It’s reasonable to expect perfection from a soundbar that sells for $1,000. That’s the price Samsung charges for its HW-F850 , and while we’re not saying the sound is perfect, it is rather engaging. More important, the system has an automatic calibration function that optimizes the sound for your listening seat. Just plug in the detachable microphone, listen to eerie noises for a few minutes and BOOM.
Specs and Options
The HW-F850 measures about 47-inches-across, making for a good match with 55-inch and larger TVs. Its slim profile and glowing-amber vacuum tubes make it quite a stylish-looking system. The soundbar’s driver array consists of four 1-inch dome tweeters and eight oval 3.5 x 1.5-inch mid-woofers, while the wireless sub has an 8-inch woofer. We’d tell you the wattage numbers if that spec mattered for choosing a soundbar, but it doesn’t.
The HW-F850’s multiple connection options are a huge plus. It has HDMI, 3.5mm analog, and optical digital inputs, a USB port, an HDMI output with ARC (Audio Return Channel) and Bluetooth. A feature called SoundShare also lets the user wirelessly connect the soundbar to a Bluetooth-enabled Samsung TV. You can either mount the HW-F850 system’s soundbar on the wall or place it flat on its back on a TV stand. If you wall-mount it underneath a TV, you’ll get to constantly muse upon the glowing amber vacuum tubes situated at its center. If you place it on a stand, an OLED display scrolls out kind greetings such as “Hello.”
The HW-F850 offers eight sound presets: Music, News, Drama, Cinema, Sports, Game, Standard, and ASC (the auto-calibration mode). It also has a Dynamic Range Control (DRC) switch that lets you toggle between minimum and maximum settings for that feature.
Setup and Calibration
I set up the HW-F850 in my bedroom and calibrated ASC from my seat at the foot of the bed. Fortunately, the HW-F850’s user manual makes the setup process relatively easy for newbies. The hardest part was linking with the system’s wireless subwoofer, which required poking a tiny “ID SET” button on its back. I tried a fork tine, a wine opener and a ballpoint pen before lucking out with an incense stick.
I started out my testing of Samsung’s upper-end soundbar during a Saints vs. 49ers NFL matchup. From my listening seat about seven feet away, game sounds were exciting and the breaks even more so since they featured music bits like Nirvana’s “Come as You Are.” Pushing the HW-F850 to its maximum volume level didn’t blow the unit up. In fact, it managed to play loud enough that I imagine it could cut through a large, noisy football viewing party with relative ease.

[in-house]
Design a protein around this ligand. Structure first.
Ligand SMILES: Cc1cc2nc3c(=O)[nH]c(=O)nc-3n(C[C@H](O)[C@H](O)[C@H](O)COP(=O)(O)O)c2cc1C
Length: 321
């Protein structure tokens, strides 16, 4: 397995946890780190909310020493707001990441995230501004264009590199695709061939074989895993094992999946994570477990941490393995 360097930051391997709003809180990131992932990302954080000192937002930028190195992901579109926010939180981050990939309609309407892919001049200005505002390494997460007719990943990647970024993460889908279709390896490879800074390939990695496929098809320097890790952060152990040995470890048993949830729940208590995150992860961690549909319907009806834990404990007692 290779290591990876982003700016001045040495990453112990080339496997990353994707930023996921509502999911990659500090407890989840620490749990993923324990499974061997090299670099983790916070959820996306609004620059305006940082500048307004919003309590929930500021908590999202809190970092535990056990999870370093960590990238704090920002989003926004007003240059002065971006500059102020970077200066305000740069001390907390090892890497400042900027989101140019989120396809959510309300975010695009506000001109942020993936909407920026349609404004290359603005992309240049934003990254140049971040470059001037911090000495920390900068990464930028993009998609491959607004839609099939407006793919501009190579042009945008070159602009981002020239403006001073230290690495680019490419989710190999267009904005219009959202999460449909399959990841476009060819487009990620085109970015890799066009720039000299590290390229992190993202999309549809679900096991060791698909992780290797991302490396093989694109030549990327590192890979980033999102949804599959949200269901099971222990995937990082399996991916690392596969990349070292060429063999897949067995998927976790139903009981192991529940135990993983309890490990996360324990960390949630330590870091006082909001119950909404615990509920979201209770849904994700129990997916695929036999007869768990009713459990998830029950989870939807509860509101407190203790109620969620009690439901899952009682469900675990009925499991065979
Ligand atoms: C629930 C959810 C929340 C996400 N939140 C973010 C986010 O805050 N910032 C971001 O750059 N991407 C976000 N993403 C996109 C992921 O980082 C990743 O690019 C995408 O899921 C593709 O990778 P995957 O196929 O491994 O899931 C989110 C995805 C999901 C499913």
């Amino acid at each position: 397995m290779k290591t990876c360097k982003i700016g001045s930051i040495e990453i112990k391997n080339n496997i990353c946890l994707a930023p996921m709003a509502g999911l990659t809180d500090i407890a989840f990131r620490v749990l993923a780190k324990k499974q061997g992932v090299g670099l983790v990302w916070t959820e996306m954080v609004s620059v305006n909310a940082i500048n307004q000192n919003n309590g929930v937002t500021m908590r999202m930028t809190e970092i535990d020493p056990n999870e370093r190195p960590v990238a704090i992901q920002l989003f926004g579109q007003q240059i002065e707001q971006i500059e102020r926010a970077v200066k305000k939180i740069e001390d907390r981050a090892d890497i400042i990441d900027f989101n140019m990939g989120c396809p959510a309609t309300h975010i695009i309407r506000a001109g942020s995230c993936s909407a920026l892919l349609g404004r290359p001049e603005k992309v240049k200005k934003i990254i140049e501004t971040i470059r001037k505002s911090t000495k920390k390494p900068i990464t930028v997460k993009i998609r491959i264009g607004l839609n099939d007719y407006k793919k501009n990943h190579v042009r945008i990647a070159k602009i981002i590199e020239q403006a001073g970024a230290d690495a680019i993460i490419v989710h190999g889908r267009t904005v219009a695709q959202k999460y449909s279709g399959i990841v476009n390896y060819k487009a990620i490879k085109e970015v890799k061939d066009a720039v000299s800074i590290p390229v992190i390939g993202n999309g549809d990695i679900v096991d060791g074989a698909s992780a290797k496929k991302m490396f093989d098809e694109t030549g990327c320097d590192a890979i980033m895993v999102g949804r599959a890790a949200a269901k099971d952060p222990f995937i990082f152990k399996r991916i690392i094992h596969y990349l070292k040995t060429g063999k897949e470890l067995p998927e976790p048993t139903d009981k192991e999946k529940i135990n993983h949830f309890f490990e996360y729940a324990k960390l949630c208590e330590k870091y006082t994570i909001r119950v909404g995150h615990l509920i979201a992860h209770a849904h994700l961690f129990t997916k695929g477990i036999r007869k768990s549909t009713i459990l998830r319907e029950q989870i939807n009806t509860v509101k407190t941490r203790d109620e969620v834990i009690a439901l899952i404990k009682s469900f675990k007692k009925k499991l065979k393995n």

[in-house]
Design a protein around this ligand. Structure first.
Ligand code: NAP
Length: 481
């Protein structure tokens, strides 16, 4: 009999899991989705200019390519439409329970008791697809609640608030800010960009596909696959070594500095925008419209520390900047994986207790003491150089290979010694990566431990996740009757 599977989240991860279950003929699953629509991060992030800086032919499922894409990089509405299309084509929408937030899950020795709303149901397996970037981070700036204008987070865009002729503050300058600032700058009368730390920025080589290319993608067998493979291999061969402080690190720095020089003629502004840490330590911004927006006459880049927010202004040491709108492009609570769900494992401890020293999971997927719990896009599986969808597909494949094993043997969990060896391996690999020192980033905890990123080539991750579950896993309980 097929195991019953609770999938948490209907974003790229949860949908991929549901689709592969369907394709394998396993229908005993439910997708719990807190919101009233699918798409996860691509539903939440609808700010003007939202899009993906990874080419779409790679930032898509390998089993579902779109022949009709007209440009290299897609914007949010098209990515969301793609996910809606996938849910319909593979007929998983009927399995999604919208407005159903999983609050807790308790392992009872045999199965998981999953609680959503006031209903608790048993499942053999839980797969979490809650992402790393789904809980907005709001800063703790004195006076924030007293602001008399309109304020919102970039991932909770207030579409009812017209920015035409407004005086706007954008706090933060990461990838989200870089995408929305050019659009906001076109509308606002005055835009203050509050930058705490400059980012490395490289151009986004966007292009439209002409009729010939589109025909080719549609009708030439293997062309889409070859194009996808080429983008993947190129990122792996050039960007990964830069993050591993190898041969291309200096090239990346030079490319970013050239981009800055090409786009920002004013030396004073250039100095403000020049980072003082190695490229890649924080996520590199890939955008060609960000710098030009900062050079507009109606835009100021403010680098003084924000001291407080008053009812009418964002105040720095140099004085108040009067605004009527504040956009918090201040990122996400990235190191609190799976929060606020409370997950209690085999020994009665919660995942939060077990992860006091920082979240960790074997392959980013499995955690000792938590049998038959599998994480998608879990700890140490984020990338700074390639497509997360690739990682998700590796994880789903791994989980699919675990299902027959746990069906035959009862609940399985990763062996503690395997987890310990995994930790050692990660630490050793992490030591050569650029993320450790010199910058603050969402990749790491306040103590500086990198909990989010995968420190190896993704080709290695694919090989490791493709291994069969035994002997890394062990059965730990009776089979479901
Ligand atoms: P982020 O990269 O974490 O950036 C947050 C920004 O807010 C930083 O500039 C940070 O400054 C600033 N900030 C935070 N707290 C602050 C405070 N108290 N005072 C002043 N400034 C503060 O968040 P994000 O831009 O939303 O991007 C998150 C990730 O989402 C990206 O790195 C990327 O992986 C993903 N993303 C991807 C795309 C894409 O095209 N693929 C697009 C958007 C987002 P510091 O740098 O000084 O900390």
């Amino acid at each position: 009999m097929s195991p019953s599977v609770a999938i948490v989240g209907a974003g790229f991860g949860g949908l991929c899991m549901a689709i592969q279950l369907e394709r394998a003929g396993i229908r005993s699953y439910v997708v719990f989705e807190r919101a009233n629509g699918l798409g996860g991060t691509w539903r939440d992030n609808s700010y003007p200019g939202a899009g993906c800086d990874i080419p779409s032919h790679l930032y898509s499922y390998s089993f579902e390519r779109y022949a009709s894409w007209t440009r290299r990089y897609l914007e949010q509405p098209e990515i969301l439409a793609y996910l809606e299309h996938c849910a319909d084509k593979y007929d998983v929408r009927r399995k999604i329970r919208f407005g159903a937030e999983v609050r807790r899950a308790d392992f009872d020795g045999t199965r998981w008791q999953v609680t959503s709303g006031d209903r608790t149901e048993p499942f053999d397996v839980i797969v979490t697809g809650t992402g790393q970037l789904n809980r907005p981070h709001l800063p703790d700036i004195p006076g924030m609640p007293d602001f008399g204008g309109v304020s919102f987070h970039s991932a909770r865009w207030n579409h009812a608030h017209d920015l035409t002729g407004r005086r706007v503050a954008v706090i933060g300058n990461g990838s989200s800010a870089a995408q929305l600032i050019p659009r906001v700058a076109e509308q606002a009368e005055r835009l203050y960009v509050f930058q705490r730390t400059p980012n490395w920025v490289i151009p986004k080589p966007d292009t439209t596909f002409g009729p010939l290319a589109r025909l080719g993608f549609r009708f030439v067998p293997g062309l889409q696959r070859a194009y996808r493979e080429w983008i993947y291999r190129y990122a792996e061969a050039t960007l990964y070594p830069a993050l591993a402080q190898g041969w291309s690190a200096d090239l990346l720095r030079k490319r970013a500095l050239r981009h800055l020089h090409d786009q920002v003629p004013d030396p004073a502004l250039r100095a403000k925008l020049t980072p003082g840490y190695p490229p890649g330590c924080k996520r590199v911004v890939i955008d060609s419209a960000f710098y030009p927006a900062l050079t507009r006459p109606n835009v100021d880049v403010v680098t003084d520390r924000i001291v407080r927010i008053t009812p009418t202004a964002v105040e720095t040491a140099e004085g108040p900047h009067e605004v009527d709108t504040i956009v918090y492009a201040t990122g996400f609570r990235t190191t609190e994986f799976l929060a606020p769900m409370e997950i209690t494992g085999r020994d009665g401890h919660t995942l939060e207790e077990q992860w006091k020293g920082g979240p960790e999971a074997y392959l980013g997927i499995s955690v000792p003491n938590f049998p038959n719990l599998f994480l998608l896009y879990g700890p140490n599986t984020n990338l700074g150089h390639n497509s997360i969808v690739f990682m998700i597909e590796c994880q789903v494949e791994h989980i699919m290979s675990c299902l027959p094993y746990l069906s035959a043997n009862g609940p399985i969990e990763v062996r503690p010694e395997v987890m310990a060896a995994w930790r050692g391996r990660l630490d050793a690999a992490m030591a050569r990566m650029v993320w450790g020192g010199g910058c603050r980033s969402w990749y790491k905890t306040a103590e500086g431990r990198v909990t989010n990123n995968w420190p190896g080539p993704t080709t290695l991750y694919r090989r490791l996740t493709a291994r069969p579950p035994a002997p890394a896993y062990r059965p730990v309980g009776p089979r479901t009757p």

What more suitable situation to check out a soundbar’s Sports preset than a football game? This setting added a strange “conch-effect” echo to the voices of in-game analysts, but also really enhanced sounds from the field and made commercials even more theater-esque.
Cinema mode maintained the bigger-space feel of Sports, but without the added echoes. Since the Saints were down 14-17 to the 49ers, I also decided to check out the Drama preset. (I was on the edge of my seat, after all.) Drama allowed for a sufficient level of fan whistles and hollers to come through, and, like Cinema, eliminated unnatural-sounding echoes.
Switching to the calibrated ASC mode, the bass and treble were overall more level-sounding than with the other presets, especially Game, which was way too bass-heavy. Samsung’s Automatic Sound Calibration feature works!
The HW-F850’s vacuum tubes are worth mentioning, mainly because they contributed to my enjoyment of music with the system. Heard from my calibrated ASC seat, Kenny Burrell’s 1963 jazz album Midnight Blue sounded as warm as if I were sitting in front of a stage at a club.
Samsung’s stylish HW-F850 could adequately supply a large TV-viewing get-together with sound. Still, at $1,000, this pricey soundbar is definitely aimed at a certain class of consumer—those with enough money to buy a new Samsung 4K Ultra HDTV, for example. I loved its Automatic Sound Calibration feature, which is something you won’t find in cheaper soundbars. And its use of über-cool retro vacuum tubes is something that audiophiles are bound to dig. We award the Samsung HW-F850 four out of five hearts.
—Greg Fischer @GregDaFish
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